- Associated Press - Thursday, April 2, 2015

WICHITA FALLS, Texas (AP) - Wichita Falls’ use of its direct potable reuse system to combat drought has been extended for another year by the Texas Commission on Environmental Quality.

The Wichita Falls Times Record News (https://bit.ly/1NL9Eys ) reports that the city recently received notice that its new ultraviolet barrier had met all requirements for renewal. The city has been using the reuse system to help bolster low water supplies due to severe drought in the city. The UV barrier works as a part of the system.

The commission also told the city that it must install a UV barrier at Cypress Water Treatment Plant as a safety barrier to protect water against cryptosporidium, a microscopic parasite that can cause intestinal problems. According to Daniel Nix, a utilities operations manager, the state was concerned that chlorine would not be enough to remove the parasite and wanted to be cautious.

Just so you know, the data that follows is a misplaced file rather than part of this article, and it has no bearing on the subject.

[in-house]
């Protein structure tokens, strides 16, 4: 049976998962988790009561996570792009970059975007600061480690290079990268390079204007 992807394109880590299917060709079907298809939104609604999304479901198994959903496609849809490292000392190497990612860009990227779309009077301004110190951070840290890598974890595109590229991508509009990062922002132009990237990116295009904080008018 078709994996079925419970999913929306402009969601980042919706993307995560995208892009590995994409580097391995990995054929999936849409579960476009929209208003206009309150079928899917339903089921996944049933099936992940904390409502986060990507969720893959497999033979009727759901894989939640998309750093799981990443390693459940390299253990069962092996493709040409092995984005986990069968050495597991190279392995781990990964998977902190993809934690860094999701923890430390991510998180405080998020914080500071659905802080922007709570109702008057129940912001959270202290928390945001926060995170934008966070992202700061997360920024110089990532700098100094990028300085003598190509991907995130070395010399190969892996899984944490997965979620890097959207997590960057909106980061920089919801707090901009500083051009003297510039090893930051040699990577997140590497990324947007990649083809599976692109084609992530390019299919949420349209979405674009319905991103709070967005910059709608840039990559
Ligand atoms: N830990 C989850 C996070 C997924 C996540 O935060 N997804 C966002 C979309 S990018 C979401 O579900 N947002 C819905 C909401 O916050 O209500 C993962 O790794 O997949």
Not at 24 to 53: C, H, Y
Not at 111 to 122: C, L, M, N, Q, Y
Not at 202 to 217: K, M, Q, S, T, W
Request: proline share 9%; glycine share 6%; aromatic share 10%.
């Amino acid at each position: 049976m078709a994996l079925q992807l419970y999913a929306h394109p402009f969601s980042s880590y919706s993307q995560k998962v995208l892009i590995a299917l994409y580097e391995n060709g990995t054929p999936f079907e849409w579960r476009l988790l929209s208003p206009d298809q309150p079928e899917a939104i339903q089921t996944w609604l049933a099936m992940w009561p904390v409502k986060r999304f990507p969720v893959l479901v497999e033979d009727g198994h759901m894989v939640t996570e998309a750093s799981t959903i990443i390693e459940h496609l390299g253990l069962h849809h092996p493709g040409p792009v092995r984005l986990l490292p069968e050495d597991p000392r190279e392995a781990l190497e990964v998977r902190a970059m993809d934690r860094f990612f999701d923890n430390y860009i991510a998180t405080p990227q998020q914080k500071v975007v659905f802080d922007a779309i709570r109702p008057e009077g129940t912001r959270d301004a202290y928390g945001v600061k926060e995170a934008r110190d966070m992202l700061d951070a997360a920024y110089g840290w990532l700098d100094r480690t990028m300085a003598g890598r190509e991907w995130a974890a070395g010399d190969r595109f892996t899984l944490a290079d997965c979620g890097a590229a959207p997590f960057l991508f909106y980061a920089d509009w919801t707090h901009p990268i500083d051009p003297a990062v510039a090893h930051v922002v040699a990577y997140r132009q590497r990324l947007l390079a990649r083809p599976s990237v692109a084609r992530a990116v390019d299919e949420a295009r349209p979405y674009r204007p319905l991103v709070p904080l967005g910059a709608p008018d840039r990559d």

“We haven’t detected any (cryptosporidium) beyond the microfiltration step, which is the first physical barrier that we have in the process,” Nix said. “The microfiltration has been extremely efficient at removing cryptosporidium.”

The use of UV systems isn’t a rarity in Texas. Nix said Midlothian, Big Spring and El Paso, for example, have been using the systems in their water treatment processes for a while.

The system’s extension does not alter a recent study’s prediction that the city’s drinking supply will last until November 2019.

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Information from: Wichita Falls Times Record News, https://www.timesrecordnews.com

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